Concern for farmers grows as supermarkets continue to slash milk prices article banner image

The law firm behind the campaign to protect West Country milk producers – Support South West Dairy Farmers – is warning that the continuing drop in retail milk prices can only put further pressure on the industry.

Kerry England and Kate Partridge with Vallance the Dairy Co Cow at Royal Cornwall Show
Kerry England and Kate Partridge with Vallance the Dairy Co Cow at Royal Cornwall Show

Last week, Sainsbury’s announced that it is reducing its prices for one pint and two pints of milk to 45p and 75p respectively. It stressed that this will not mean a reduction in the price paid to farmers, which remains ring-fenced.

This was followed by news that one of the country’s biggest dairy processors, Arla, is cutting the price it pays to farmers by 1.18p to 23.81p per litre

However, South West law firm Stephens Scown is concerned that if the downward trajectory of milk prices continues, it will inevitably reach the point where the price paid to farmers goes down further too.

Already, four pints of milk are available for just 89p in several major supermarket chains, and for £1 in many others.

Some farmers have seen the price per litre they receive drop by around 12p in the last 12-18 months. Some are paid less than 20p per litre.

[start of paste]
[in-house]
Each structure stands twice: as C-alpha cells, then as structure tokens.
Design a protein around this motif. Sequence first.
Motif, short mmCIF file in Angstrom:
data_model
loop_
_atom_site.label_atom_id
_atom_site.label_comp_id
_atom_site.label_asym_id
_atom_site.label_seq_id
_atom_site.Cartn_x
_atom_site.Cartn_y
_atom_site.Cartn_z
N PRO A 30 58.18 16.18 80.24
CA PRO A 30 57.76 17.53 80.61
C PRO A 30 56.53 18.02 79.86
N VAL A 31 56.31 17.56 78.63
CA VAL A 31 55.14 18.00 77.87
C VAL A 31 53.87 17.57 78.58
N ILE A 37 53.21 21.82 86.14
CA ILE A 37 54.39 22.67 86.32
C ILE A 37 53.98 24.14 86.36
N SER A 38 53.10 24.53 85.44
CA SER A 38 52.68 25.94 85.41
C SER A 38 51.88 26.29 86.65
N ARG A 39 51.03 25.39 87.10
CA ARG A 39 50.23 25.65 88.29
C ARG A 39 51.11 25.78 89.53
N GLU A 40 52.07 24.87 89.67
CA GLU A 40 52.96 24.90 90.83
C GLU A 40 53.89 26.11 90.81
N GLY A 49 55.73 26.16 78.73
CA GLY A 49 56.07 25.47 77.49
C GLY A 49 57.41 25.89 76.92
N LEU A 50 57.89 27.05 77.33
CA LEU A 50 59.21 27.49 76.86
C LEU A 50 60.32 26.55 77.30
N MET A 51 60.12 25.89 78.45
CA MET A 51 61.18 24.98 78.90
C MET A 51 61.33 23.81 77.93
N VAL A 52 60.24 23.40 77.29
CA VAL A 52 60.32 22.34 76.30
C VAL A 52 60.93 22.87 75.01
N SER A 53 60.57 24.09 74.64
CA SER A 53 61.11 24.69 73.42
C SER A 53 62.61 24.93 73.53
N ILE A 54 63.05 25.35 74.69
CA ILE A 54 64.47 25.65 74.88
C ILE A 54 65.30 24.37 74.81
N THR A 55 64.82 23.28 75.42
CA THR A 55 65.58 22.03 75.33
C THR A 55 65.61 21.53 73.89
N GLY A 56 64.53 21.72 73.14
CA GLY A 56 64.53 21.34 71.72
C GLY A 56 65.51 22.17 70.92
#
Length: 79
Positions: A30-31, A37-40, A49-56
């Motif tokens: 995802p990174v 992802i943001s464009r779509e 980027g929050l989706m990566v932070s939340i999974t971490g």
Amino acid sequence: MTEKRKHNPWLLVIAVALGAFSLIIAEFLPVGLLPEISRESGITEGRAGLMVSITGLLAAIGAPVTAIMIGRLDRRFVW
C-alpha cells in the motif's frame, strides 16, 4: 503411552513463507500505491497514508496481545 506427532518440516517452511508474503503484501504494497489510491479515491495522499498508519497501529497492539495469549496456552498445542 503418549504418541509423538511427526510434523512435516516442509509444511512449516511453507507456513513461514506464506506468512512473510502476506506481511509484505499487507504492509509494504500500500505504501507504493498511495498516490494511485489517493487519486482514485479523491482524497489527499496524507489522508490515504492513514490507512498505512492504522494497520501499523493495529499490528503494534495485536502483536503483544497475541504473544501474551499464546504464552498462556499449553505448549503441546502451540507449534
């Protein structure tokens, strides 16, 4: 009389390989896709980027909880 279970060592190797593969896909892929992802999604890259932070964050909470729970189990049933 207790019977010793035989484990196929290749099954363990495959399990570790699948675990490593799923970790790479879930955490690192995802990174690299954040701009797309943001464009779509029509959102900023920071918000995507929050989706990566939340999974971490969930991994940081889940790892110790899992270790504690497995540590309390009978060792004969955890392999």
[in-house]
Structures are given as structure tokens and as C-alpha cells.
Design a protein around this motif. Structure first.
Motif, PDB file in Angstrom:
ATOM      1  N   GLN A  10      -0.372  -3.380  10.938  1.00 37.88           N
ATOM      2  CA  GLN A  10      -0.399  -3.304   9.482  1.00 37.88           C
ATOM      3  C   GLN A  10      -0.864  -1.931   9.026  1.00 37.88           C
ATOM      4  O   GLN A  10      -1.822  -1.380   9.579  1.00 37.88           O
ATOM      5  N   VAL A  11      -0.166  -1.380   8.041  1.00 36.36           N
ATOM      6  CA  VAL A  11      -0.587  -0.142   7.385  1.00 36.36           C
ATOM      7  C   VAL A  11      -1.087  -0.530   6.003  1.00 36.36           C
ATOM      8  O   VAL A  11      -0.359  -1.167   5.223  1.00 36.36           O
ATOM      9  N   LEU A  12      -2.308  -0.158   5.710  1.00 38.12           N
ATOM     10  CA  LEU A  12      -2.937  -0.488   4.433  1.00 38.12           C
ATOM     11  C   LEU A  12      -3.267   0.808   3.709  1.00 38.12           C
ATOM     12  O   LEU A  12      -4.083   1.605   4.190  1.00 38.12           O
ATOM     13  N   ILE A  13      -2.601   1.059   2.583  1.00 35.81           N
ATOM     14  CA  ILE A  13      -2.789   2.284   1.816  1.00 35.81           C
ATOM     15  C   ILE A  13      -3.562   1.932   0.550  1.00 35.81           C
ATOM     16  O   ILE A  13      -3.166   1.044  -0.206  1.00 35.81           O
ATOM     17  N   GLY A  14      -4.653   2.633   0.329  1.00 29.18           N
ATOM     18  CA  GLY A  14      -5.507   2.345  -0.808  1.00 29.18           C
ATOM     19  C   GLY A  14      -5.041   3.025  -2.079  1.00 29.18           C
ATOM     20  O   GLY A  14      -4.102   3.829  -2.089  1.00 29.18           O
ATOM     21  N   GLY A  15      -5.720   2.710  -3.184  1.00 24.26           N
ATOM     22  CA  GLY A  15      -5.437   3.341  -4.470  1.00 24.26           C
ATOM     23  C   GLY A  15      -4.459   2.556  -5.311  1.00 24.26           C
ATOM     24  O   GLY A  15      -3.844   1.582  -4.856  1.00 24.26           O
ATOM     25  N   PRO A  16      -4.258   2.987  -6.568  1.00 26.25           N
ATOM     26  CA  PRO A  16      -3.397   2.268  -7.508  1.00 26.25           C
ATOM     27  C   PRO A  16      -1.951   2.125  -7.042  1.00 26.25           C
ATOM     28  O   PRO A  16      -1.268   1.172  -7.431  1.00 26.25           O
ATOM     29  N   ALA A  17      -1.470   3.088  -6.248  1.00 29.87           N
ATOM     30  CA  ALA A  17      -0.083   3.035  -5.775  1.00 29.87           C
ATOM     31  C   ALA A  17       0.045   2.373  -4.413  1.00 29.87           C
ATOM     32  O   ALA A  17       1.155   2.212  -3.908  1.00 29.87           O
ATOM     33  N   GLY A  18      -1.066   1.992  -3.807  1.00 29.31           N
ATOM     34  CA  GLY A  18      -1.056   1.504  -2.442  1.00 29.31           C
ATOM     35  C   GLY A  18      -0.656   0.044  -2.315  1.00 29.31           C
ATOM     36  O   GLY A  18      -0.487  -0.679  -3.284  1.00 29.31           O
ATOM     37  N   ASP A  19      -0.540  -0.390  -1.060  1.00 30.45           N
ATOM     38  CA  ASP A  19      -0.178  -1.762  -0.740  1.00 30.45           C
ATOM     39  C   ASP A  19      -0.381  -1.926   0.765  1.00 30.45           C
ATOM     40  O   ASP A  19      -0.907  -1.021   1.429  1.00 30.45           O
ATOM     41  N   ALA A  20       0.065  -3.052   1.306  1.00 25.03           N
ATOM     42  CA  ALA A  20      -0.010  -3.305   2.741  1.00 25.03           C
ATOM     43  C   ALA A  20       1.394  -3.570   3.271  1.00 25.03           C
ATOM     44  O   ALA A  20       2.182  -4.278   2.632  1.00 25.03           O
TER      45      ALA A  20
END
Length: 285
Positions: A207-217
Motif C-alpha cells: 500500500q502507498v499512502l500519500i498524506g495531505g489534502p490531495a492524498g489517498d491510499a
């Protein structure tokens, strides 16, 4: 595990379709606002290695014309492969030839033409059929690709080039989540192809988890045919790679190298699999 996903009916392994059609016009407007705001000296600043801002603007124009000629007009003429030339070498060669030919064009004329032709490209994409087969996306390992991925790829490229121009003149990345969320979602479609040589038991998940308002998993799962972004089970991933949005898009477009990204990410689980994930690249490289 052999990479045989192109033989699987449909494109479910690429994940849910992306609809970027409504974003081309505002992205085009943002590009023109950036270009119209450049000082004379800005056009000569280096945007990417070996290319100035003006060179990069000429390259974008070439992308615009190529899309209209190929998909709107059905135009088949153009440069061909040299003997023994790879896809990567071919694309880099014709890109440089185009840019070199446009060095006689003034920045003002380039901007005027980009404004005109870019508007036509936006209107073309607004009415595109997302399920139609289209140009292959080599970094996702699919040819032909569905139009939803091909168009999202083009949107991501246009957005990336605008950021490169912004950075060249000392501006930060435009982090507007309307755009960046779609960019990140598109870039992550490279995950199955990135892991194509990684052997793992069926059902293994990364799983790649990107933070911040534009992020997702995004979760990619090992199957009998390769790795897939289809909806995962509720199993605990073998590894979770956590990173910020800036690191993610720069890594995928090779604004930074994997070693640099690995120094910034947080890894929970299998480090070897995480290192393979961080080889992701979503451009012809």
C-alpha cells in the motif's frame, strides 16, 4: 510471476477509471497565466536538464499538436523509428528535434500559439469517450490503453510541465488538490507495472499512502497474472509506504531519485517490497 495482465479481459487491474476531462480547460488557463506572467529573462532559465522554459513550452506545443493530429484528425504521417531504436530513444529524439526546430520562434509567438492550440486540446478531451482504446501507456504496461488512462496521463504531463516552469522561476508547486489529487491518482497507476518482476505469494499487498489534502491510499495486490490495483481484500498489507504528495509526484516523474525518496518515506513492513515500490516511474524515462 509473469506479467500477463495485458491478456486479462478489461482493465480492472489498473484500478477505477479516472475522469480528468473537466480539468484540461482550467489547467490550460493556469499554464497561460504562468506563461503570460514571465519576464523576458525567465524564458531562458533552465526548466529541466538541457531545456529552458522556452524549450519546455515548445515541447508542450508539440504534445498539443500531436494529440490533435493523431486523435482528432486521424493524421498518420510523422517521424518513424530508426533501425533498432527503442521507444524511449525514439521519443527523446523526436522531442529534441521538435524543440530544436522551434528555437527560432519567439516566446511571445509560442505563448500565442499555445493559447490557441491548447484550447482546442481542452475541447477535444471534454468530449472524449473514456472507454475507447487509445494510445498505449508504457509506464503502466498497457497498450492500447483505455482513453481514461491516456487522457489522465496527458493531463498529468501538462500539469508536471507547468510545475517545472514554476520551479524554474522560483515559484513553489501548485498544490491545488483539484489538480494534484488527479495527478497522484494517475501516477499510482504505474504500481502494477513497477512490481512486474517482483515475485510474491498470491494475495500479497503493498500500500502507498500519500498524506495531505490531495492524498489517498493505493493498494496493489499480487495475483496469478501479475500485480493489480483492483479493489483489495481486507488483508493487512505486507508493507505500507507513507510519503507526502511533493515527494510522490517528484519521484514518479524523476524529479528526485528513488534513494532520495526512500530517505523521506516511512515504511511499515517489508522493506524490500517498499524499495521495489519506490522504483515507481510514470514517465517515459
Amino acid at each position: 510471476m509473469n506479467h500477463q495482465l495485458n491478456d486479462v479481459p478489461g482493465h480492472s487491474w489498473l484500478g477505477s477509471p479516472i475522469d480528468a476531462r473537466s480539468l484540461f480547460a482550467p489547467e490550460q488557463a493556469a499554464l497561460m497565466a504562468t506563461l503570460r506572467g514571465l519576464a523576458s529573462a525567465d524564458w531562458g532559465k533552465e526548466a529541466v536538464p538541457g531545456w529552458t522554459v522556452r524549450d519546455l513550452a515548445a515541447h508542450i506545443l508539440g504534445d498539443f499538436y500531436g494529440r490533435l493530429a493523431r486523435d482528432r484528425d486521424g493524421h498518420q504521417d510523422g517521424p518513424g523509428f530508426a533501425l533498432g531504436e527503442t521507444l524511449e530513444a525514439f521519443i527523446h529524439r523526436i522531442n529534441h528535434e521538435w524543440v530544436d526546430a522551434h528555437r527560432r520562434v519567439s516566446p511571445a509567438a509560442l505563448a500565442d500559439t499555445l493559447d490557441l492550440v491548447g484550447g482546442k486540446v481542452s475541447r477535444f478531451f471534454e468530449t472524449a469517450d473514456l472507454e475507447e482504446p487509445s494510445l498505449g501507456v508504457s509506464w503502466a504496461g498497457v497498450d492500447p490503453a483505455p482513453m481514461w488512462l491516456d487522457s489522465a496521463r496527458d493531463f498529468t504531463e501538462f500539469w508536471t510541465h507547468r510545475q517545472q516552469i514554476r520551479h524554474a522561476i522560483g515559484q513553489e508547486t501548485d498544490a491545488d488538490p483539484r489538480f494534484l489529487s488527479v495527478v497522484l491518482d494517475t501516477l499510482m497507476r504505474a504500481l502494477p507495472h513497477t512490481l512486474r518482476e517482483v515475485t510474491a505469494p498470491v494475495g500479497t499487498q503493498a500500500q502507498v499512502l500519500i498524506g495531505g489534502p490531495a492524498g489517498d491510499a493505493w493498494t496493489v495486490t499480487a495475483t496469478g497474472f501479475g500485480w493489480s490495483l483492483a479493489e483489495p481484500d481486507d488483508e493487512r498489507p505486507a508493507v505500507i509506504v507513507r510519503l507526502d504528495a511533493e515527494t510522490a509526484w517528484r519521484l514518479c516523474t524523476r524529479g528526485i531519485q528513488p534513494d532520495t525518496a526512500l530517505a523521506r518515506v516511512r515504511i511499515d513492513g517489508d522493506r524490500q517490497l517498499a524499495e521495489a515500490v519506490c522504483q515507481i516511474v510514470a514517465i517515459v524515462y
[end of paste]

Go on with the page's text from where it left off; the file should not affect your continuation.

And yet research by Stephens Scown carried out earlier this year amongst 1,000 people across Devon and Cornwall found that 85% are prepared to pay more for local dairy products if it helps secure the long-term future of milk production in the region. 82% of people understand that farmers are not being paid enough for the milk they produce, and almost half (42%) are willing to pay at least 20% more for the dairy they purchase.

Phil Reed, partner and head of the rural team at Stephens Scown, said: “I understand that it’s a tough market out there and retailers need to compete. But we’re saying that milk prices really have reached the bottom now. I don’t think the public are asking for cheaper milk – our research shows that in fact most are prepared to pay more.

“So our message to supermarkets would be: please, look for something else to make a loss leader. Milk’s been cut back as far as it can go. Quite simply, the industry can’t survive if prices fall any further.”

Some farmers are looking for innovative ways to bolster the industry – such as the launch of a ‘Free Range Dairy Network’ to obtain a premium for farmers who graze their cattle outdoors. But there is a limit to what such schemes can achieve in the face of plunging prices.

Over 2,300 people have signed up to Stephens Scown’s campaign, pledging their support to buy local where possible. The campaign can be found at